GEX Management, Inc. is a licensed Professional Employer Organization (PEO) and a Professional Services Company providing comprehensive back office services to clients including HR, Payroll, Risk & Compliance, and Executive Consulting, and provides progressive and complete solutions for employee management and operational needs. http: www.gexmanagement.com

Information on Forward Looking Statements
The statements contained herein that are not historical facts are forward-looking statements within the meaning of the federal securities laws (Section 27A of the Securities Act of 1933 and Section 21E of the Securities Exchange Act of 1934). You can identify such forward-looking statements by the words “expects,” “intends,” “plans,” “projects,” “believes,” “estimates,” “likely,” “possibly,” “probably,” “goal,” “opportunity,” “objective,” “target,” “assume,” “outlook,” “guidance,” “predicts,” “appears,” “indicator” and similar expressions. Forward-looking statements involve a number of risks and uncertainties. In the normal course of business, GEX Management, Inc., in an effort to help keep our stockholders and the public informed about our operations, may from time to time issue such forward-looking statements, either orally or in writing. Generally, these statements relate to business plans or strategies, projected or anticipated benefits or other consequences of such plans or strategies, or projections involving anticipated revenues, earnings, profits, pricing, operating expenses or other aspects of operating results. We base the forward-looking statements on our expectations, estimates, and projections at the time such statements are made. These statements are not guarantees of future performance and involve risks and uncertainties that we cannot predict. In addition, we have based many of these forward-looking statements on assumptions about future events that may prove to be inaccurate. The actual results of the future events described in such forward-looking statements could differ materially from those stated in such forward-looking statements.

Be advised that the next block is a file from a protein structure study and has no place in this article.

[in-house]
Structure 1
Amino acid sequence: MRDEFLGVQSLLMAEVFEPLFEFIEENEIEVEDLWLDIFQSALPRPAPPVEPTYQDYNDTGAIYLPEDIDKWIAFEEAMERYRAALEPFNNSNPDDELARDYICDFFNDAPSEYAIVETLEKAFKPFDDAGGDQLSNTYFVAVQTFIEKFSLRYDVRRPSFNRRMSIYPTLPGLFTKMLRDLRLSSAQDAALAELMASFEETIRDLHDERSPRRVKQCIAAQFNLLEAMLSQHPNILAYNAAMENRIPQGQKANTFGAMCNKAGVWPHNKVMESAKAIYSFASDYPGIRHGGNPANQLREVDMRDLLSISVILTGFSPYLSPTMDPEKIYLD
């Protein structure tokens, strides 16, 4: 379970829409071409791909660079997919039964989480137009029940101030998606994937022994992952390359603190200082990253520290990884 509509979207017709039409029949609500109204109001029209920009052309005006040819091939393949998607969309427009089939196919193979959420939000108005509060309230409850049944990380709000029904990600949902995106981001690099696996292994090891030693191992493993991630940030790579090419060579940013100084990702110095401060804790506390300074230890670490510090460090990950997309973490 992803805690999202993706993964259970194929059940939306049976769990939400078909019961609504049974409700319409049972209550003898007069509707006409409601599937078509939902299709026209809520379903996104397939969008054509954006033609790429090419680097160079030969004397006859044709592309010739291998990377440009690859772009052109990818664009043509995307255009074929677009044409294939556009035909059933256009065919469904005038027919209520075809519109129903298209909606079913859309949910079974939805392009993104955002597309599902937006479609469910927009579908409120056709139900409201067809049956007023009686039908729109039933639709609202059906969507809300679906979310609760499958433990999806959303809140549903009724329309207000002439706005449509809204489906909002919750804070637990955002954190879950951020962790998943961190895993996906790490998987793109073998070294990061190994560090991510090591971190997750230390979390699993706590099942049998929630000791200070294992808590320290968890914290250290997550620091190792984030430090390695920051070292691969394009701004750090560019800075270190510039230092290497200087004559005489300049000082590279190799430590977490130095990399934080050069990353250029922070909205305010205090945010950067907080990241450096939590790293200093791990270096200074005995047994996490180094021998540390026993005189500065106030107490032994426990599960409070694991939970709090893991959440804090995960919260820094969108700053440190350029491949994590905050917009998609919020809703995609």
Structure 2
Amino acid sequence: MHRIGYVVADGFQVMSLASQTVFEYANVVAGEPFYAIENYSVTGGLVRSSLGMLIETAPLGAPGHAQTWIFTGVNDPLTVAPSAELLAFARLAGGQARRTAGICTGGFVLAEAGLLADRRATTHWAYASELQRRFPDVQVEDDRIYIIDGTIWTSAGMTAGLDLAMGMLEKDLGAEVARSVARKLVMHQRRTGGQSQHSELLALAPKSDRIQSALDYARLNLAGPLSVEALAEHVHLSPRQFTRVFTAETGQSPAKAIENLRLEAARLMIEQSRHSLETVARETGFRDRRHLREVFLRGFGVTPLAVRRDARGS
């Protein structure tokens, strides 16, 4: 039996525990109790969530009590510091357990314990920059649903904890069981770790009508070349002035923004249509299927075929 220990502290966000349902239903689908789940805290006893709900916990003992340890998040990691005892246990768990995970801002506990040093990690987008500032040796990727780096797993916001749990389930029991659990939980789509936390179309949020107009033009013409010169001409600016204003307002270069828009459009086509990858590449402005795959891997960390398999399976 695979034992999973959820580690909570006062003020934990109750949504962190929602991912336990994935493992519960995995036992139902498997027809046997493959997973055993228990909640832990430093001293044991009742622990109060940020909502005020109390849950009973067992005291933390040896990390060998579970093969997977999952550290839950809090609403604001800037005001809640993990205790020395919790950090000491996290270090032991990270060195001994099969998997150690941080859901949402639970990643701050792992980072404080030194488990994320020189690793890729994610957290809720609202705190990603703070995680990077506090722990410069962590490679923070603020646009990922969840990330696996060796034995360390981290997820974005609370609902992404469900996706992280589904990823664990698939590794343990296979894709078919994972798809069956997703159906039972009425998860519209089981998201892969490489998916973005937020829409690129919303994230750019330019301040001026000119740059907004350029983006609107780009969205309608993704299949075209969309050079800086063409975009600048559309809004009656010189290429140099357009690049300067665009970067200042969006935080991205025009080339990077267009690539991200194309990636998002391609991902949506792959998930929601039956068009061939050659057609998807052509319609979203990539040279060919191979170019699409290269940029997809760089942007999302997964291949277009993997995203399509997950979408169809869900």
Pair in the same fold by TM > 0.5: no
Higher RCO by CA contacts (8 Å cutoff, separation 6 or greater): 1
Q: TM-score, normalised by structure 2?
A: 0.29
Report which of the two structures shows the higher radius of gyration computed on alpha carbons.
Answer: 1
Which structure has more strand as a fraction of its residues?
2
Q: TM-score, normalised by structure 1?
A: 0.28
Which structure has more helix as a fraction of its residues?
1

Milliman’s gradient A.I. platform brings first A.I. predictive analytics solution to the professional employer organization (PEO) market

Huge news announced today by Milliman in the world of artificial intelligence (see below press release).  Milliman’s gradient A.I. is the first solution of its kind to be applied to PEO underwriting and claims management.  We at Libertate have been working with Milliman on this project for the past 18 months as we always felt there weren’t enough tools in the marketplace to help our clients price and evaluate risk.  Let’s discuss in more detail this week in Houston at NAPEO’s Risk Management conference!  Call me for more details at 305.495.5173.

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SEATTLE – MARCH 19, 2018 – Milliman, Inc., a leading global provider of actuarial, risk management, and technology solutions, today announced that gradient A.I., a Milliman predictive analytics platform, now offers a professional employer organization (PEO)-specific solution for managing workers’ compensation risk. gradient A.I. is an advanced analytics and A.I. platform that uncovers hidden patterns in big data to deliver a daily decision support system (DSS) for insurers, self-insurers, and PEOs. It’s the first solution of its kind to be applied to PEO underwriting and claims management.